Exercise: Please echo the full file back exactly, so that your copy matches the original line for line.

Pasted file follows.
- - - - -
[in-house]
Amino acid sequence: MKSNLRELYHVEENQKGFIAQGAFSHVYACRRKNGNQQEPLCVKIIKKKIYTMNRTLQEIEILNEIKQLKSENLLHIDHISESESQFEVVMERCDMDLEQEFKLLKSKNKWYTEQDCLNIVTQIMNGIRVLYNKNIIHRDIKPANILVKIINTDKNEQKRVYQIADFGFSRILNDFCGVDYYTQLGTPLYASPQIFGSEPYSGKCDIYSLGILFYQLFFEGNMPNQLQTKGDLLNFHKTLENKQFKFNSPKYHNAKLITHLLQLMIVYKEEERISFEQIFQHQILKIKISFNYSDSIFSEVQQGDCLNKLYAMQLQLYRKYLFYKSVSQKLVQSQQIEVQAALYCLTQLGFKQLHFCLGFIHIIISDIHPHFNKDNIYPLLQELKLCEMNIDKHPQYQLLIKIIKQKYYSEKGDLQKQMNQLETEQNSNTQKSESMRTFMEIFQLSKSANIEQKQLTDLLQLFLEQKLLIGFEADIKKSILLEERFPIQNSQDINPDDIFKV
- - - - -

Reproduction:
[in-house]
Amino acid sequence: MKSNLRELYHVEENQKGFIAQGAFSHVYACRRKNGNQQEPLCVKIIKKKIYTMNRTLQEIEILNEIKQLKSENLLHIDHISESESQFEVVMERCDMDLEQEFKLLKSKNKWYTEQDCLNIVTQIMNGIRVLYNKNIIHRDIKPANILVKIINTDKNEQKRVYQIADFGFSRILNDFCGVDYYTQLGTPLYASPQIFGSEPYSGKCDIYSLGILFYQLFFEGNMPNQLQTKGDLLNFHKTLENKQFKFNSPKYHNAKLITHLLQLMIVYKEEERISFEQIFQHQILKIKISFNYSDSIFSEVQQGDCLNKLYAMQLQLYRKYLFYKSVSQKLVQSQQIEVQAALYCLTQLGFKQLHFCLGFIHIIISDIHPHFNKDNIYPLLQELKLCEMNIDKHPQYQLLIKIIKQKYYSEKGDLQKQMNQLETEQNSNTQKSESMRTFMEIFQLSKSANIEQKQLTDLLQLFLEQKLLIGFEADIKKSILLEERFPIQNSQDINPDDIFKV